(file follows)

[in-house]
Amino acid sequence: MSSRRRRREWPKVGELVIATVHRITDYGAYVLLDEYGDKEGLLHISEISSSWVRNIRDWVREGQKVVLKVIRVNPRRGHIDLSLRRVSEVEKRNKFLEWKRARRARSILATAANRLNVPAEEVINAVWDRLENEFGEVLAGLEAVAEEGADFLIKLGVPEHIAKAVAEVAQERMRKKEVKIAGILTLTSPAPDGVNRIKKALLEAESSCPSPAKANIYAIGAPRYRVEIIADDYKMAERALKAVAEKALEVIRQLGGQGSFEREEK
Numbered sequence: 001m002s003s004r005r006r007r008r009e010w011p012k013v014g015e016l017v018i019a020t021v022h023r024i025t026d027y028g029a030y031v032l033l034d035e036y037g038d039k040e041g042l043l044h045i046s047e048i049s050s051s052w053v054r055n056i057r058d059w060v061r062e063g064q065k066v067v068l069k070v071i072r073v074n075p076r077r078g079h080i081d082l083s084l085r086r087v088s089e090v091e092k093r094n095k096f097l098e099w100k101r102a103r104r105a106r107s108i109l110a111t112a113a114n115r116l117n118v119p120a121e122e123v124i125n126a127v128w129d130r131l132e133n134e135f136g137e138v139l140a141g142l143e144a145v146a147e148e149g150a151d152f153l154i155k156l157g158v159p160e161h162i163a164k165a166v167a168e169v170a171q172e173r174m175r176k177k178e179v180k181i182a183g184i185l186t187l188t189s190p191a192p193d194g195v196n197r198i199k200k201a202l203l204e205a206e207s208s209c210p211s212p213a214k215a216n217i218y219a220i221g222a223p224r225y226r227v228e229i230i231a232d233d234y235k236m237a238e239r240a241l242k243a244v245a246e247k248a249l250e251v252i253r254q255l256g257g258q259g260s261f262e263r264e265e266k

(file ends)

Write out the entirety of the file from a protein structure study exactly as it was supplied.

[in-house]
Amino acid sequence: MSSRRRRREWPKVGELVIATVHRITDYGAYVLLDEYGDKEGLLHISEISSSWVRNIRDWVREGQKVVLKVIRVNPRRGHIDLSLRRVSEVEKRNKFLEWKRARRARSILATAANRLNVPAEEVINAVWDRLENEFGEVLAGLEAVAEEGADFLIKLGVPEHIAKAVAEVAQERMRKKEVKIAGILTLTSPAPDGVNRIKKALLEAESSCPSPAKANIYAIGAPRYRVEIIADDYKMAERALKAVAEKALEVIRQLGGQGSFEREEK
Numbered sequence: 001m002s003s004r005r006r007r008r009e010w011p012k013v014g015e016l017v018i019a020t021v022h023r024i025t026d027y028g029a030y031v032l033l034d035e036y037g038d039k040e041g042l043l044h045i046s047e048i049s050s051s052w053v054r055n056i057r058d059w060v061r062e063g064q065k066v067v068l069k070v071i072r073v074n075p076r077r078g079h080i081d082l083s084l085r086r087v088s089e090v091e092k093r094n095k096f097l098e099w100k101r102a103r104r105a106r107s108i109l110a111t112a113a114n115r116l117n118v119p120a121e122e123v124i125n126a127v128w129d130r131l132e133n134e135f136g137e138v139l140a141g142l143e144a145v146a147e148e149g150a151d152f153l154i155k156l157g158v159p160e161h162i163a164k165a166v167a168e169v170a171q172e173r174m175r176k177k178e179v180k181i182a183g184i185l186t187l188t189s190p191a192p193d194g195v196n197r198i199k200k201a202l203l204e205a206e207s208s209c210p211s212p213a214k215a216n217i218y219a220i221g222a223p224r225y226r227v228e229i230i231a232d233d234y235k236m237a238e239r240a241l242k243a244v245a246e247k248a249l250e251v252i253r254q255l256g257g258q259g260s261f262e263r264e265e266k